WA gov’t funds gen AI in healthcare projects
Nearly a million Australian dollars ($590,000) have been awarded by the government of Western Australia to support projects exploring the use of generative AI in healthcare.
A total of 19 projects will see how they can use generative AI to address challenges across health and medical research, health and medical innovation, healthcare service delivery and health and medical education and training. Two identified projects will apply generative AI to support the diagnosis of Alzheimer’s disease and ear conditions.
“This technology involves uncertainties and risks, but also has the potential to dramatically increase efficiency, improve the quality of care, and create value for health care organisations,” WA Medical Research Minister Stephen Dawson said about generative AI.
Queensland University subbing health clinics’ legacy systems
Queensland University is set to replace the legacy and mixed systems across its network of outpatient clinics and teaching clinic settings.
Clintel Systems has been tapped to deploy CareRight, its integrated PAS, EMR, and Billing and Claiming solution, across the university’s clinics. It will be initially rolled out to five disciplines in three clinics with up to 1,200 users.
Australia’s first online perimenopause, menopause registry goes live
A Flinders University professor has launched what could be the first online registry for perimenopause and menopause in Australia.
Called VITAL (Virtual Registry of Perimenopause in Australia), it aims to gauge the actual burden of perimenopause and menopause in the country by collecting community data. The data will then be used to identify trends and improve research and education about women’s health, according to a media release.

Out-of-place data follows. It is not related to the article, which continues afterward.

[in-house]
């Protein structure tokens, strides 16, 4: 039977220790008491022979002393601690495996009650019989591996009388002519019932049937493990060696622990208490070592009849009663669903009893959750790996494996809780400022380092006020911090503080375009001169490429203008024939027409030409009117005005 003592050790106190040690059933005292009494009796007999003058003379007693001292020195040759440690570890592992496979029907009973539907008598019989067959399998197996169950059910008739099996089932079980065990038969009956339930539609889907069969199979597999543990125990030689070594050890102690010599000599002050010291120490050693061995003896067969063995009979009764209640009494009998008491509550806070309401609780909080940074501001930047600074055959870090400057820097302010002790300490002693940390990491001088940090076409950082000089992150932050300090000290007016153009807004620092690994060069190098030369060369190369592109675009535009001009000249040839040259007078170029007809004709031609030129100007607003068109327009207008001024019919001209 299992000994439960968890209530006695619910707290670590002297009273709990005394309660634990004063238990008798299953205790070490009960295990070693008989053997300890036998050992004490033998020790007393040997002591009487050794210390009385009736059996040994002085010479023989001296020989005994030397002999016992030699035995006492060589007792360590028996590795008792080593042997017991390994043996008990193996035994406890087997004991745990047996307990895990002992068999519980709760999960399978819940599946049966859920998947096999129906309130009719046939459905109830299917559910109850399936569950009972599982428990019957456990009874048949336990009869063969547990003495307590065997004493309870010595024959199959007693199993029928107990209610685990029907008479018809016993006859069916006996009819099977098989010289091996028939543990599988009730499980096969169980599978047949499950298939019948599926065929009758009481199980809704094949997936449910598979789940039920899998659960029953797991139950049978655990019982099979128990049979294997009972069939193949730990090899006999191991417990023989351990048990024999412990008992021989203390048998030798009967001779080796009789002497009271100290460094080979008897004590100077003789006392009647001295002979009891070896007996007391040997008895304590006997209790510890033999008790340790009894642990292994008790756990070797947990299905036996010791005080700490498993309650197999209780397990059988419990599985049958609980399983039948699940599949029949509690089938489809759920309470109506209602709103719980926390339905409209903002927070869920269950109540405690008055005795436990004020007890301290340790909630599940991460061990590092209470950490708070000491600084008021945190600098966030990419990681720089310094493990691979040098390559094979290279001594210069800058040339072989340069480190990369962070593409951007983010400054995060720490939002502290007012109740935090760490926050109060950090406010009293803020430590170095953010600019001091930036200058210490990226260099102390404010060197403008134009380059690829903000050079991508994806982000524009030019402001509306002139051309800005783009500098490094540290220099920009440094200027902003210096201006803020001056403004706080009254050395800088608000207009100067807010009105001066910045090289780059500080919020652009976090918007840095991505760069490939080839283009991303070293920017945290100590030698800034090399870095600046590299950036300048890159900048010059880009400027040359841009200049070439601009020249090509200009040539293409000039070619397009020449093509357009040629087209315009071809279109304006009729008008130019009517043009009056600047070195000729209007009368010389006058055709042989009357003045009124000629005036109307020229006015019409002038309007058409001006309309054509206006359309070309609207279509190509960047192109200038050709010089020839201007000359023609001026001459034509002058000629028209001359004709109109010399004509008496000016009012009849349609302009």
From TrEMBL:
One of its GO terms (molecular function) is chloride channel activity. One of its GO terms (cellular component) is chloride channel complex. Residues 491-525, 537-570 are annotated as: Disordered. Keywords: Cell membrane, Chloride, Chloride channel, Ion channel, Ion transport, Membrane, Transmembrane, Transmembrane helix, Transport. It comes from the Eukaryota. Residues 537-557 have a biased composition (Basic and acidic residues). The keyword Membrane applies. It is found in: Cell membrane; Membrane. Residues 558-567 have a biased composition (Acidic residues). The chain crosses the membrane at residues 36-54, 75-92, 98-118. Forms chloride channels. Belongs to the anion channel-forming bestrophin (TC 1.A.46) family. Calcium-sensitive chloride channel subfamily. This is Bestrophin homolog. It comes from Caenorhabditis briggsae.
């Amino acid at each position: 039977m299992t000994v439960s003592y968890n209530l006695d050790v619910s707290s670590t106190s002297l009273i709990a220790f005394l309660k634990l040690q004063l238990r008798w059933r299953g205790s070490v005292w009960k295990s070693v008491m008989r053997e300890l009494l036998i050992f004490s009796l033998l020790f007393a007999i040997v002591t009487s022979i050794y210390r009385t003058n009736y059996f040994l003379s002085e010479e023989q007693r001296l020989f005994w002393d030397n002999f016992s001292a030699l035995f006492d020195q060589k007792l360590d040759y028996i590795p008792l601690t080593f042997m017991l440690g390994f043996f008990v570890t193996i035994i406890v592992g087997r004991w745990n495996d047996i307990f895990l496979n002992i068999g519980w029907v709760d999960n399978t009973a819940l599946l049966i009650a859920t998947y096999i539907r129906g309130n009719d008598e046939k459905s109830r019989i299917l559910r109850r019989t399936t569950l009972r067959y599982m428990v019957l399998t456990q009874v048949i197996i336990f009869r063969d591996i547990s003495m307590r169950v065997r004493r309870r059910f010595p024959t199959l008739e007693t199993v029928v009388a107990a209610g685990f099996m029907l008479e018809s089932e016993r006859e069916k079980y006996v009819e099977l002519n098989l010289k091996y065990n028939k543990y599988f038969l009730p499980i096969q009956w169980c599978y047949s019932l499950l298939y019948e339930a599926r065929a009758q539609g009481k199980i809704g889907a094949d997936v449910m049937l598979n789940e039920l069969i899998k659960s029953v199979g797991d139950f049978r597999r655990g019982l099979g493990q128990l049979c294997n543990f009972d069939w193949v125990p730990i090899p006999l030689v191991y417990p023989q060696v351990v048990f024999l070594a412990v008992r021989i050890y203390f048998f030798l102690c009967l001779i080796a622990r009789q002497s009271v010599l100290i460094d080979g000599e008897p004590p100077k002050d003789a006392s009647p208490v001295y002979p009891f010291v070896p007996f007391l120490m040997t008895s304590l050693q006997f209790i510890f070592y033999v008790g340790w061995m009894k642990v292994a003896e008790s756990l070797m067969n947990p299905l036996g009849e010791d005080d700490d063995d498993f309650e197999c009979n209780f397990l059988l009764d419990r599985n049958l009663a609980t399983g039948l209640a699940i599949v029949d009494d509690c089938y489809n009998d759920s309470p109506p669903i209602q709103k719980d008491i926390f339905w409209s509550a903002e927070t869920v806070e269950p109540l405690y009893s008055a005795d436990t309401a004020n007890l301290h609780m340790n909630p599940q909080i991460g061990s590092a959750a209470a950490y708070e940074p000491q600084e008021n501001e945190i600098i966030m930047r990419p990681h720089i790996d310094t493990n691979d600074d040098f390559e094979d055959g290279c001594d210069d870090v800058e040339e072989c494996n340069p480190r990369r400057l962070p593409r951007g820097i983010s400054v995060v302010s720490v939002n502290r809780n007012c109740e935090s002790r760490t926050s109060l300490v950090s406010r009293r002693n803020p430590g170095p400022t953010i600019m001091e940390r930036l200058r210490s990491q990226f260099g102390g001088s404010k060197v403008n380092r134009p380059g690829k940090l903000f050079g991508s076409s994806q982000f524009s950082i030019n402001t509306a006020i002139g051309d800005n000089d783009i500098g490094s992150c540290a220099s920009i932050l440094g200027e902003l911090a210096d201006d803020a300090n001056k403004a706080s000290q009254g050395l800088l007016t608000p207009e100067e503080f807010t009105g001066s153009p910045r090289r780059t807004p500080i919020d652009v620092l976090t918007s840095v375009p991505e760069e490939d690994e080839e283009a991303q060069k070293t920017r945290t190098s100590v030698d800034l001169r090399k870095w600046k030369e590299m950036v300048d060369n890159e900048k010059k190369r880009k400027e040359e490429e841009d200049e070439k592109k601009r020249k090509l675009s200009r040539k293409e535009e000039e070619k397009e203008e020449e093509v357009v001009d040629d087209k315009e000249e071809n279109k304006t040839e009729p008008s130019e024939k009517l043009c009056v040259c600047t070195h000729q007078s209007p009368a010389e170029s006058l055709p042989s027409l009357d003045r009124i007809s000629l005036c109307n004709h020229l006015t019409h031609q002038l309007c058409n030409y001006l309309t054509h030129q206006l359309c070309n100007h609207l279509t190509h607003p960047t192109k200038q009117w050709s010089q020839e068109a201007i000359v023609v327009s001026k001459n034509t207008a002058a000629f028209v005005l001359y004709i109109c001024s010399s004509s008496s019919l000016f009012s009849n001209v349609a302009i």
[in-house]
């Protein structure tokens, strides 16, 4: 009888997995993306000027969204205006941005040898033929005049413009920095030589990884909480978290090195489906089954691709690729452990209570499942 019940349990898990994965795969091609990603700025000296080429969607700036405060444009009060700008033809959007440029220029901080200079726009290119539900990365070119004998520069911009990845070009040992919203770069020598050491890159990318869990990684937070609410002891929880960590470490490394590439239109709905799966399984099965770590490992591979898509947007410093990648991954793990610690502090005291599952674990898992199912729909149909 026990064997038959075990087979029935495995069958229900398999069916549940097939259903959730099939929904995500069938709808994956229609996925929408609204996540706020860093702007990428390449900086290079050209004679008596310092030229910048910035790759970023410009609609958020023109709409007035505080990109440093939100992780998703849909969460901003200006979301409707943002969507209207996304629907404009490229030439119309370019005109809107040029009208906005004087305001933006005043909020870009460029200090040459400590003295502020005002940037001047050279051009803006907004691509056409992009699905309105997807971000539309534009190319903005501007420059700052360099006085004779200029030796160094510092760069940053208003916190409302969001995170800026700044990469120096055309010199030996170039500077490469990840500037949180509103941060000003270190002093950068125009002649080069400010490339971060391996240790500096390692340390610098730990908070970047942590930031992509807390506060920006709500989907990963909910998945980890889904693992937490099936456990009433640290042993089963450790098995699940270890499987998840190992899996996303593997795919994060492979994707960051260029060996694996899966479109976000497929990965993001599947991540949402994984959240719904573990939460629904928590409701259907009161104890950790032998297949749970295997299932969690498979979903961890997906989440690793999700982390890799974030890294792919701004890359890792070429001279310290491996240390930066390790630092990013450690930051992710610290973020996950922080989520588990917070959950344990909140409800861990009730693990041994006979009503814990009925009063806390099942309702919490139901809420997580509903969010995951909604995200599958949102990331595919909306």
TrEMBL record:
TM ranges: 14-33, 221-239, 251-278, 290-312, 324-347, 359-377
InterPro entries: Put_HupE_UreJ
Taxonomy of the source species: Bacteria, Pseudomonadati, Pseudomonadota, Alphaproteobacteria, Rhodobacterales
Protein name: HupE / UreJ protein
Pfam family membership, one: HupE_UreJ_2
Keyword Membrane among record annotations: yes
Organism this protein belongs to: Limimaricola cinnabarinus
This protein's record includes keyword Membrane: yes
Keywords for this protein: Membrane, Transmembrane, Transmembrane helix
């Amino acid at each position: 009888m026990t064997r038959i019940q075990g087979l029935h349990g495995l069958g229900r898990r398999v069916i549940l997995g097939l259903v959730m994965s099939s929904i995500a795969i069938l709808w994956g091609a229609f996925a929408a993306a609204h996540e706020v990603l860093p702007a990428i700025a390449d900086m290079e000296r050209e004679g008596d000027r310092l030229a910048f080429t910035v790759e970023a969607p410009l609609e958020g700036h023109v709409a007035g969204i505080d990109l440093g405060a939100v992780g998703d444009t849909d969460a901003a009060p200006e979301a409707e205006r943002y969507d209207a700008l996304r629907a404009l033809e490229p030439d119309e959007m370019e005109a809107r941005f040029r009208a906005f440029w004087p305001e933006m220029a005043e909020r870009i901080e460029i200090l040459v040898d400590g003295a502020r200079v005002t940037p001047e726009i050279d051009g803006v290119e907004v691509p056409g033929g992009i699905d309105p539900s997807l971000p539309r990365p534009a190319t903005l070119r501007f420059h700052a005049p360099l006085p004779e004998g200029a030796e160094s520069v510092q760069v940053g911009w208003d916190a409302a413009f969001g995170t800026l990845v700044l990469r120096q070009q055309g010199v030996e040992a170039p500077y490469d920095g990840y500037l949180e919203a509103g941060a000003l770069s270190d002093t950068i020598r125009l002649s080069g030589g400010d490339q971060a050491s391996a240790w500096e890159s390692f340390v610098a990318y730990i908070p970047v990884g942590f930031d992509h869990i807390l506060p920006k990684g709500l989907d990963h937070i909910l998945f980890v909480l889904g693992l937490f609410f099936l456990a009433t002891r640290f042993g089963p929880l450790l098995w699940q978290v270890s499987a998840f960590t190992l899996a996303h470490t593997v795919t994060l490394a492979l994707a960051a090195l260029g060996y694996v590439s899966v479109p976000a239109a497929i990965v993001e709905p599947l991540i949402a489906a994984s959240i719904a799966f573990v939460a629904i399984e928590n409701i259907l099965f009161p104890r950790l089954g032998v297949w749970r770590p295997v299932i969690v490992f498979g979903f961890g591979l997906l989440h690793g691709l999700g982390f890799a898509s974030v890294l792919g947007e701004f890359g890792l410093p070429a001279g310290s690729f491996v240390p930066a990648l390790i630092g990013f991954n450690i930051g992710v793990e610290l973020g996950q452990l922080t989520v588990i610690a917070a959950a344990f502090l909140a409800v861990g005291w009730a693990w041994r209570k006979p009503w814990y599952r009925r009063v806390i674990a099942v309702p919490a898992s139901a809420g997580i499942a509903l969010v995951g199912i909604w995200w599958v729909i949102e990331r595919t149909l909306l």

Associate Professor Erin Morton, director of Flinder’s Health Data & Clinical Trials unit, said she created the registry after realising the lack of community awareness about and support for perimenopause in the community.
“This is an area of health that is so neglected and is still really stigmatised. There seems to be a lack of knowledge across healthcare roles, poor access to services, negative attitudes and lagging research to support women through this important time of life. There is very little information and support available, not to mention a lot of misinformation about hormone replacement therapy,” she stressed.
Poor teleaudiology uptake recorded during pandemic in Australia: study
New research has revealed the low uptake of teleaudiology services during the recent COVID-19 pandemic despite people’s willingness to access them.
The said study, whose findings were published in the American Journal of Audiology, explored the perceptions of telehealth usage among Australian hearing healthcare stakeholders. It involved over 300 participants, including audiologists, audiometrists, students, academics, patients, and industry partners.
It found that only 7% of the participating patients had taken teleaudiology appointments – this is despite more than half of them saying they were aware of the technology. Most patients (98%) were also never offered a teleaudiology appointment, the study noted.
Boaz Mui, PhD student at Flinders University and lead author of the study, suggests a shift in approach to promoting the technology. “Increasing the awareness of telehealth audiology services and developing collaborations between stakeholders will be crucial to improve the acceptance and usage of teleaudiology in the future,” he said.
Mater Townsville implements digitally enabled after-surgery protocols
Mater Private Hospital Townsville is enhancing the post-operative experience for patients with the launch of Enhanced Recovery After Surgery protocols.
Powered by Personify Care’s digital pathways, these enable patients to receive information on what to expect before, during, and after select surgery procedures.
The protocols will also help “reduce hospital length of stay for a number of orthopaedic patients,” said Stephanie Barwick, the hospital’s general manager, in a statement.
NSW Health, Epic formalise SDPR contract
This week, NSW Health and Epic have completed their negotiations and proceeded with the signing of the contract to deliver the state’s Single Digital Patient Record (SDPR).
This comes almost a year after Epic was chosen for the project, which aims to integrate all digital systems across NSW. These include nine EMR platforms,10 PAS, five pathology LIMS and several other clinical support systems.
Work is now underway for the initial design and build of the SDPR.
Source : Healthcare IT News